Tuesday, 18 January 2011

When is Selling Important, if at all?

This post sets out to explore the hypothesis- “selling skills are always important to a business in a competitive industry”- the question is- is it?

The reason this question is important is because sales and marketing are always expensive efforts, and hit the p&l strongly, and reduce margins. And if there is an option to minimise that effort, that option ought to be examined real hard, because it means better business margins.

Owing to a tech product i am building , I found myself in Taiwan recently, working through hardware suppliers, and got into a quaint situation- yes there is a language problem-very difficult to do business there if you don’t speak and understand Mandarin, but, on top of the language problem, i found little display of selling/consultative skills, and very little flexibility in terms- so basically, i was confronted multiple times with- these are my terms, take it or leave it- large order or small...and this was despite having someone fluent in English and Mandarin with me to discuss terms.

This set me thinking- obviously, Taiwan is a very successful nation when it comes to this particular market- most electronic components are made in Taiwan, and its home to the largest manufacturers of anything you care to name- memory, chips, motherboards, lcds, etc etc... So how did they become so successful without the selling/customer interface front end that i had assumed was a necessity of doing business?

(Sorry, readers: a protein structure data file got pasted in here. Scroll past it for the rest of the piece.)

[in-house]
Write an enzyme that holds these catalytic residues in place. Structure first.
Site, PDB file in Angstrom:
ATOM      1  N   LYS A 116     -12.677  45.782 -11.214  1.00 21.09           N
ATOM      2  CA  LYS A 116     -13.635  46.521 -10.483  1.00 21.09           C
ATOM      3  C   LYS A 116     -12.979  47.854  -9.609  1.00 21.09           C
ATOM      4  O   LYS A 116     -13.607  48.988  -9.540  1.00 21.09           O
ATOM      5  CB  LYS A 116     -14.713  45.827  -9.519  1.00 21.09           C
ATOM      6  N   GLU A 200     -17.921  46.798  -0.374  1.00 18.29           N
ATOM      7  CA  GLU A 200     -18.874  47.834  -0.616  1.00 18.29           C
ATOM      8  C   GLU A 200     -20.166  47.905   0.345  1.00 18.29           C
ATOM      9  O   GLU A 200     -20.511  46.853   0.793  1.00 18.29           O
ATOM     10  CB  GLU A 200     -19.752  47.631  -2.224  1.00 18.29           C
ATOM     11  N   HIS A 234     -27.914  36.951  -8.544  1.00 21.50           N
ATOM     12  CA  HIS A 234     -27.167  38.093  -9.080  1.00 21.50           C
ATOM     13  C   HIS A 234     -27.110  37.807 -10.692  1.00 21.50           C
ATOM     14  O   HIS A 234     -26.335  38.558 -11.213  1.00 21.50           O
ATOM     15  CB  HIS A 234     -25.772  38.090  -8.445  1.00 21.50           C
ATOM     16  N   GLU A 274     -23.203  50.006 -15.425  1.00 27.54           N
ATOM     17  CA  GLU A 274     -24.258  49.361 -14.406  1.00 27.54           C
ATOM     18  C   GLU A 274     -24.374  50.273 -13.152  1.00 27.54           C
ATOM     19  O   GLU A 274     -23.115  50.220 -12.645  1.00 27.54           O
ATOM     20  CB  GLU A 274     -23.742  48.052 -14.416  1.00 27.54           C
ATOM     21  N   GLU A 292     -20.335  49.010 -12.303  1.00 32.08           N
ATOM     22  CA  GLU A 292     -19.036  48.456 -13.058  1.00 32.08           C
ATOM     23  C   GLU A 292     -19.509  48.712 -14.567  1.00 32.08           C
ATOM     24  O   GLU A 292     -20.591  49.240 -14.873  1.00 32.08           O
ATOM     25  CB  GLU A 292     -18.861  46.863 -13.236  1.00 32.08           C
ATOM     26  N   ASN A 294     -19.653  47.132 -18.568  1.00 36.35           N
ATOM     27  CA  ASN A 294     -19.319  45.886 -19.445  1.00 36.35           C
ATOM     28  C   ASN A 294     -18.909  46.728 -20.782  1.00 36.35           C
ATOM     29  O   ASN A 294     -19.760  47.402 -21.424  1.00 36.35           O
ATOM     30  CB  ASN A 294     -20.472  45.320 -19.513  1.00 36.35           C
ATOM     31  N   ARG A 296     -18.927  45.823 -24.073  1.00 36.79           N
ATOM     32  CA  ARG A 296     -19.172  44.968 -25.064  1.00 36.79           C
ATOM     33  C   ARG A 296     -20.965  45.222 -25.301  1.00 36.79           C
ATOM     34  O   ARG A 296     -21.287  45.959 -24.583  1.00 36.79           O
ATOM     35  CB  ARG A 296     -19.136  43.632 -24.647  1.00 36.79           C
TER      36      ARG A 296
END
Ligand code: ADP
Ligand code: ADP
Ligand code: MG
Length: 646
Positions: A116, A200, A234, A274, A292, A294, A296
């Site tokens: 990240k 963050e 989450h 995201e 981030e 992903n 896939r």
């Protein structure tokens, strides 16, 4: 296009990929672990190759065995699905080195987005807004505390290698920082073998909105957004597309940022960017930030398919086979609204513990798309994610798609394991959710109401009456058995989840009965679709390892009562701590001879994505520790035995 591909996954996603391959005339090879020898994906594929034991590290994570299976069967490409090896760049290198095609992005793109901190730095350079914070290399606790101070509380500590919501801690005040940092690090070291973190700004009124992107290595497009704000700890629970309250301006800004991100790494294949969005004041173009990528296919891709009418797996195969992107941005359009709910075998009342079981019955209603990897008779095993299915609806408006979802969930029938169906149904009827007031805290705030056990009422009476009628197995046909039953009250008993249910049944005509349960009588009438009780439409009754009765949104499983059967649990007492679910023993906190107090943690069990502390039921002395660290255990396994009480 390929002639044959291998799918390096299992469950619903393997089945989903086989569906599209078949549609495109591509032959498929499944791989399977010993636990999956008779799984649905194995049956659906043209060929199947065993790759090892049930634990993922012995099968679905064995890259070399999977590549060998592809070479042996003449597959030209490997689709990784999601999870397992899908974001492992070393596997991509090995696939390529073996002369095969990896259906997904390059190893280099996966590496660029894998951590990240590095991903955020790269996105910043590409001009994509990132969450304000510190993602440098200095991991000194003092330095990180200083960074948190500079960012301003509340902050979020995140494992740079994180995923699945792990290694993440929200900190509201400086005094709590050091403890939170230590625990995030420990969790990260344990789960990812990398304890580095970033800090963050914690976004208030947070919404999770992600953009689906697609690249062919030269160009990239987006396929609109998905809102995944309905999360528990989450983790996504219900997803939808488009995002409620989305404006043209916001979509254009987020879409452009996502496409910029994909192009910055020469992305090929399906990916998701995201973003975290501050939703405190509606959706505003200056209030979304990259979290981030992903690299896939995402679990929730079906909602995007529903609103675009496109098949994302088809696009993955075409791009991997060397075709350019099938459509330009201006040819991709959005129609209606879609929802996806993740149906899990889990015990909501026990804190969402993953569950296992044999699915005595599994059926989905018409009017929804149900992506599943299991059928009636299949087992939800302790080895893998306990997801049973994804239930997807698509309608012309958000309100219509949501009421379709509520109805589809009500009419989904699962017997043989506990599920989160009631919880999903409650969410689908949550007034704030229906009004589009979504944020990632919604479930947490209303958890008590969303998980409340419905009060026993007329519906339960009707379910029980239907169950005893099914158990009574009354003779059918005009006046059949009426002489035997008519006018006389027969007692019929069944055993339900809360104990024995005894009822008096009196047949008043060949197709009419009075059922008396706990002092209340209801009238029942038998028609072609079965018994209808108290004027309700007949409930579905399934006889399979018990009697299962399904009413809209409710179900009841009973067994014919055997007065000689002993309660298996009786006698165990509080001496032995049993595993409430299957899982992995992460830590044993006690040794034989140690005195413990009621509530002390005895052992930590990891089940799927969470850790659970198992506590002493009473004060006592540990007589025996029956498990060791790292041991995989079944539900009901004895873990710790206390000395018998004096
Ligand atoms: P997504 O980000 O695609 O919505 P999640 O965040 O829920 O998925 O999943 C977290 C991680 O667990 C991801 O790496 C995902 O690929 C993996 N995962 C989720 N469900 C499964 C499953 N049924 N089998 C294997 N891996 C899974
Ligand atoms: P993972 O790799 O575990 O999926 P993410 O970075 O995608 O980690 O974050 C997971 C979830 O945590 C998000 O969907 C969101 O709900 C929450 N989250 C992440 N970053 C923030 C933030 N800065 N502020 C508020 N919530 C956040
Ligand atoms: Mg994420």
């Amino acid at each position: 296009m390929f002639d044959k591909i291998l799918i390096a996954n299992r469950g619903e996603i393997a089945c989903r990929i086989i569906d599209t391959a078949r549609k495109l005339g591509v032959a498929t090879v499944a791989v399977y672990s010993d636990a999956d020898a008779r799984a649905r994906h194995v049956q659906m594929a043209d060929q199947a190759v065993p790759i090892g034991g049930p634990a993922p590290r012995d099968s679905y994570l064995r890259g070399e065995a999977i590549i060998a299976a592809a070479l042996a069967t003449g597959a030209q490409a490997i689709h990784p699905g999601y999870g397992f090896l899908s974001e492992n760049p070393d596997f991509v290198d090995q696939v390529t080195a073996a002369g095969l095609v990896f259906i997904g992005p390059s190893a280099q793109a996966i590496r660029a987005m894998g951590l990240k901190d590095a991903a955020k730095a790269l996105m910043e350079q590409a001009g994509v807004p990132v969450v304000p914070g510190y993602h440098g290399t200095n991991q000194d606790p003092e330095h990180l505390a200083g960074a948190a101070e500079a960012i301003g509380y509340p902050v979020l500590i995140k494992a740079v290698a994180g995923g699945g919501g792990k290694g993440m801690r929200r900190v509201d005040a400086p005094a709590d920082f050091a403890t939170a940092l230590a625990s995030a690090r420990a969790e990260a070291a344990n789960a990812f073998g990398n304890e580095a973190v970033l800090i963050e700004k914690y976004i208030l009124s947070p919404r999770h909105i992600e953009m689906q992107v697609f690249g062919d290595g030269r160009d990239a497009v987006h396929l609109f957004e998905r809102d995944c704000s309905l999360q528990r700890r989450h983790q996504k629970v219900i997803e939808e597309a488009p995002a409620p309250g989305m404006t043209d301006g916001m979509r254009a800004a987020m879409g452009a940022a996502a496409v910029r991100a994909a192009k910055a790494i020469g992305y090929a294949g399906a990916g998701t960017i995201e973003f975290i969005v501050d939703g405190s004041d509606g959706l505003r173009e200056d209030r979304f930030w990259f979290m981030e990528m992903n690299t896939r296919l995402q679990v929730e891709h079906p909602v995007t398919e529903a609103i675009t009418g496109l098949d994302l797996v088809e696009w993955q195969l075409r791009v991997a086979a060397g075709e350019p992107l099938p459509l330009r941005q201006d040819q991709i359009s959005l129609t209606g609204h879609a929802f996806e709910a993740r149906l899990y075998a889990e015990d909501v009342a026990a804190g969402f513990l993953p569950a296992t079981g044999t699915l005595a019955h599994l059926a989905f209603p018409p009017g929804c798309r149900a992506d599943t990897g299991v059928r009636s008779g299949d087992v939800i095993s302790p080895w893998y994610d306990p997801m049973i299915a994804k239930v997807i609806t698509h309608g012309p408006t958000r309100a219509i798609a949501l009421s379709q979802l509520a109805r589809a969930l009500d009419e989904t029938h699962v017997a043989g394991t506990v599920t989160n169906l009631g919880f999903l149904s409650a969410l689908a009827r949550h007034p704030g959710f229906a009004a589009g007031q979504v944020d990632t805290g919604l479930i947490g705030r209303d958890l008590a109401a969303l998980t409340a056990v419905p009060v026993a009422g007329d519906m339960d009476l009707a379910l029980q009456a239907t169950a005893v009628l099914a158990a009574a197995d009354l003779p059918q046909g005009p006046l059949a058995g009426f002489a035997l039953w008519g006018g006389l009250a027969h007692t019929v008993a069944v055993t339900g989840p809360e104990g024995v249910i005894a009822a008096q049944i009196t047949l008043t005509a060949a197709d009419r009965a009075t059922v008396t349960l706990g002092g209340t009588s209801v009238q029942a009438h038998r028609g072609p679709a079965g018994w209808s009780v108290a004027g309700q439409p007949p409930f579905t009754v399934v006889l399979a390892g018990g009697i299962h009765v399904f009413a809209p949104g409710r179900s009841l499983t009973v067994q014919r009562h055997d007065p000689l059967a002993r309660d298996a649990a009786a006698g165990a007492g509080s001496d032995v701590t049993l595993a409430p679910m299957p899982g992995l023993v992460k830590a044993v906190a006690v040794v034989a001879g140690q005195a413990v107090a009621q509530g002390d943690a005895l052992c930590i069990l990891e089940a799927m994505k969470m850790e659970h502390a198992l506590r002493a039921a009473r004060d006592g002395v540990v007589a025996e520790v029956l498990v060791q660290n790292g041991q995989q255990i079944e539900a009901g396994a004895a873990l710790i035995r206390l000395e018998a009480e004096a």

The answer- in this particular instance- selling is absolutely NOT important. Why? To answer this, i would try and answer the critical question- how is my business configured- or put differently, how do i make money in my business?

Let me put this idea a different way. I am sure all of you have gone shopping for veggies in a market sometime ... Has the owner of Stall A ever tried to sell you the benefits of one vegetable over the other? Say carrots over potatoes? Just imagine the conversation- “potatoes are brilliant because they give you all the carbs you need blah blah“- and that results in a 1 kg purchase- in the meanwhile, the stall opposite has sold 4 kilos of potato, 6 kilos of carrots and 10 kilos of tomatoes and laughed away with 20X profits. Clearly we can see stall A going out of business very soon, right?

So the insight is- If i am in a low margin, high volume business, or work with buyers know what they want, and configure it properly, i can make the business work with little or zero sales effort.

You would be surprised at how many situations this applies to in businesses. Research indicates that 4 out of 5 consumer purchases happen because the buyer finds the seller, which, if you think about it, is counter intuitive, considering the effort any business puts into sales and marketing.

A quick and easy way to get out of the need to sell is to position yourself right- and i mean both conceptual positioning as well as the location. This is the logic that leads people/shops that sell the same things to group together- a marketplace for something- the veggie market with lots of stalls, or, for instance Tottenham Court Road for electronics in London, or Mumbai’s wholesale market, the Masjid Bunder, whose 40 shops were responsible for 10% of my revenue (from 10,000 shops) as the Sales Head in Mumbai- I am sure you can think of multiple examples...

But a caveat- this works for products or services that have a reasonably established demand. If your business is in a new product or service, and there is a need to create demand , i am afraid you don’t have an alternative but to look for sales and marketing help...